An international investigation has revealed that a Romanian criminal organization stole millions of dollars for several years by placing ATMs equipped with skimmers in popular tourist destinations throughout Mexico.
A former gang member said that earnings from the cloned cards created by the skimming process averaged US $20 million per month, according to the report by the Organized Crime and Corruption Reporting Project (OCCRP), Mexicans Against Corruption and Impunity (MCCI), the Quinto Elemento Lab and the Romanian RISE Project.
Their investigation found that the Romanian crime syndicate has been operating in Mexico since 2014, when the gang formed a font company, Top Life Servicios, and persuaded the Mexican bank Multiva to allow them to install their Intacash brand of cash machines.
The OCCRP said the bank is owned by Olegario Vázquez Aldir, a member of one of the wealthiest families in Mexico and an appointed member of President López Obrador’s business advisory council. Multiva renewed its contract with the Romanians in 2018.
The gang’s alleged leader, 43-year-old Florian “The Shark” Tudor, was identified in a separate investigation conducted by journalist Bryan Krebs in 2015, but Tudor has repeatedly denied he engages in criminal activity, claiming he is only a businessman who refuses to be extorted by the police.
Krebs discovered that Bluetooth devices had been placed inside the ATMS to clone the cards and that members of the syndicate needed only to walk up to the tampered cash machines with a cell phone to download the stolen data. Using a burner phone, Krebs found compromised machines in Cozumel, Playa del Carmen and Tulum, including in his own Cancún hotel.
When Tudor and his bodyguard, Constantin Sorinel Marcu, who was murdered in 2018, got wind of Krebs’ reporting they were incensed. “They destroyed us. That’s it. Fuck his mother. Close everything,” Tudor allegedly told Marcu via a messaging app. He then ordered Marcu to kill whoever was responsible for leaking information. The bodyguard acquiesced. “OK, I can kill them. Any time, any hour.”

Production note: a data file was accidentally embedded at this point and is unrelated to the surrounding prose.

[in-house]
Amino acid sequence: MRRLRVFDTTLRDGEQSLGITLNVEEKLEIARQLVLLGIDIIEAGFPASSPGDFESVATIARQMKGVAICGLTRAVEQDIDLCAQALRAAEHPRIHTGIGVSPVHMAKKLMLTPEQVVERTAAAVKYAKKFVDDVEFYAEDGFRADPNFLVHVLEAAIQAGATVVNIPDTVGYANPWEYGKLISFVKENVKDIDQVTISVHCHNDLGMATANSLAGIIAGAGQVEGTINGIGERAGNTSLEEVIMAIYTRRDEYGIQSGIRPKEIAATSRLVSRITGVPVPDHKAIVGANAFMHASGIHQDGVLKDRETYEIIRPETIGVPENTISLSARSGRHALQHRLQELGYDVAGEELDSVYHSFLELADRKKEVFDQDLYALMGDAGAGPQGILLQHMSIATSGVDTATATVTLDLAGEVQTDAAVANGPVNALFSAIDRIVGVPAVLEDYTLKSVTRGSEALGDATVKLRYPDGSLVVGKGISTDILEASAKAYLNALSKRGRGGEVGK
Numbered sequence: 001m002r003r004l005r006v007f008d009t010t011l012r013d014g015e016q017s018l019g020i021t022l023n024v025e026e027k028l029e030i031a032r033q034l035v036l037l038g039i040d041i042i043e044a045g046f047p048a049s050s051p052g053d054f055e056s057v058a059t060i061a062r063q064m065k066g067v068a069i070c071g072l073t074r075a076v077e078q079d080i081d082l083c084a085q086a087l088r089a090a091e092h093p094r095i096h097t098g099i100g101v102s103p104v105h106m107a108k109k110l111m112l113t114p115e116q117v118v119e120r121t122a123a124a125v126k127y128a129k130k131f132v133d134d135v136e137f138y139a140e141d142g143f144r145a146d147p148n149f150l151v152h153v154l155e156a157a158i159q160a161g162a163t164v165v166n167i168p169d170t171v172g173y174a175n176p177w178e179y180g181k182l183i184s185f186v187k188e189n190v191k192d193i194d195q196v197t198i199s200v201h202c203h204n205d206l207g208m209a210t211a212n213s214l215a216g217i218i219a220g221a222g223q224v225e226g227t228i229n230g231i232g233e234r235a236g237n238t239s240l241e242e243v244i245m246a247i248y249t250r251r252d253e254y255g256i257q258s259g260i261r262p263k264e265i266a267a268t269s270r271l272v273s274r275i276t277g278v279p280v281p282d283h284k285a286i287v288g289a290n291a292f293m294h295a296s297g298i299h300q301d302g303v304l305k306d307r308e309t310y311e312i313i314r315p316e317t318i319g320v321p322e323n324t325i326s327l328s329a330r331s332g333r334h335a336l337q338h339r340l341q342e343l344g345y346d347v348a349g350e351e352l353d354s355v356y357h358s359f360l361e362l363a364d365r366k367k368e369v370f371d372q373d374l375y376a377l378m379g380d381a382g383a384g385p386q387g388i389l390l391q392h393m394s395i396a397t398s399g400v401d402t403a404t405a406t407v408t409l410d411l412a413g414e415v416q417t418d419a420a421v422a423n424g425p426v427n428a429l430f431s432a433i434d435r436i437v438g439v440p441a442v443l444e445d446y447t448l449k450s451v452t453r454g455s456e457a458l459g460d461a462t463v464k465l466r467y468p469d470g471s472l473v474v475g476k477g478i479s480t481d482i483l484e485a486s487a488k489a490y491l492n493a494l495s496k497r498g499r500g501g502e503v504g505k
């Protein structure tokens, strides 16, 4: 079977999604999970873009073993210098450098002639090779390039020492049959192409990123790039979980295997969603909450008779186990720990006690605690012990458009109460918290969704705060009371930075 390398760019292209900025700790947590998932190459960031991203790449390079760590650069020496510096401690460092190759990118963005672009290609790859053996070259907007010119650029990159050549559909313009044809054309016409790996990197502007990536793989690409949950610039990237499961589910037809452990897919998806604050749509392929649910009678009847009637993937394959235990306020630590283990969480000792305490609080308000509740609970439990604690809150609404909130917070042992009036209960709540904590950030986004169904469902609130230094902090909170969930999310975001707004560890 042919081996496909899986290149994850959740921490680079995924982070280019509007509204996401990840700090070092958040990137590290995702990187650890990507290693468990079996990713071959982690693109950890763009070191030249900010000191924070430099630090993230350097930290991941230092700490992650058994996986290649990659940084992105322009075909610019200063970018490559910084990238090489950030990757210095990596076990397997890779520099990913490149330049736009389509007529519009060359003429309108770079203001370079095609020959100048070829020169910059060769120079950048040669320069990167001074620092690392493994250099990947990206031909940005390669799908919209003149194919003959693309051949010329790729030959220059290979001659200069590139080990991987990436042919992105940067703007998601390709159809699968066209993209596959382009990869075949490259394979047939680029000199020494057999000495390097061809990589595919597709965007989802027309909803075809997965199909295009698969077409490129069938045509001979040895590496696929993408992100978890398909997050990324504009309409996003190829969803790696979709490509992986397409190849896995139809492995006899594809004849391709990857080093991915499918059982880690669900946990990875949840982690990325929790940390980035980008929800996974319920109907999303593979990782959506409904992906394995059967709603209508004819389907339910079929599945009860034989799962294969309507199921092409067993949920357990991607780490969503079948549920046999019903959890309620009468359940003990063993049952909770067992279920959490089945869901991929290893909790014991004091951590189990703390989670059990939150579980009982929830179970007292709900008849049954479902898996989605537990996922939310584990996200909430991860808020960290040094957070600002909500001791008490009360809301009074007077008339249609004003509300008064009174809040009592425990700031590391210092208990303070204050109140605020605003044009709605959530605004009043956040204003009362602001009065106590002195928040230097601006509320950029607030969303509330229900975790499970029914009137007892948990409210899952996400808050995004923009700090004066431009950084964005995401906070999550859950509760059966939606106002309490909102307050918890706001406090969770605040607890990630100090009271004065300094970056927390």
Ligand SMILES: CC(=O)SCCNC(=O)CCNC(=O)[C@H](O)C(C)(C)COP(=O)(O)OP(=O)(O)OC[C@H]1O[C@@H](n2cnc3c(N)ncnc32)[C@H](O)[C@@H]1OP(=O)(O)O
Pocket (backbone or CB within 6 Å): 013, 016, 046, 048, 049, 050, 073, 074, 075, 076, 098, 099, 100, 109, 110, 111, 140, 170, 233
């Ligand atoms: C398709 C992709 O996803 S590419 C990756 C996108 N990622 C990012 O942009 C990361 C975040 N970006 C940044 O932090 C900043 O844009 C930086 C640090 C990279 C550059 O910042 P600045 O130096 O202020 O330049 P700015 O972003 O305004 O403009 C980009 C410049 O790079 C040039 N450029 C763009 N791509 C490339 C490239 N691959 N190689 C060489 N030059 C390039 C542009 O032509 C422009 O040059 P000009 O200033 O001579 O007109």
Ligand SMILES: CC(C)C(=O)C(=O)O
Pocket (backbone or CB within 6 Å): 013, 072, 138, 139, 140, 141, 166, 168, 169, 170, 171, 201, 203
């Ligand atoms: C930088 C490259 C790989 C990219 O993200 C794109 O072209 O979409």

The OCCRP’s investigation, which includes Krebs’ findings, claims that Tudor’s gang purchased Chinese ATMs and doctored them to clone tourists’ debit cards which were then used to make withdrawals in Mexico, Indonesia, India, Barbados, Granada, Paraguay, Brazil, Japan, South Korea and Taiwan in amounts totaling upwards of $1.2 billion.
Experts say Mexican ATMs need stronger regulation. Currently, banks are responsible for investigating themselves when their ATMs are tampered with.
“We realized that there is a legal vacuum,” said Mario Di Costanzo, former head of Condusef, a federal protection agency for financial consumers. “No one supervises them.”
Tudor is also under an investigation opened in January of this year by police in Romania for his activities as leader of an organized crime syndicate, which they allege includes threats, assault, blackmail and murder.
Tudor denies this as well. As he told OCCRP, “I have never killed anyone and I have never ordered anyone killed.” He and is associates are living as free men in Mexico, although Multiva suspended its contract with Intacash in 2019 and no longer processes their banking transactions.
OCCRP-affiliated journalists in Mexico, the United States and Romania spent eight months researching and writing the report, which involved the analysis of over 15,000 pages of documents.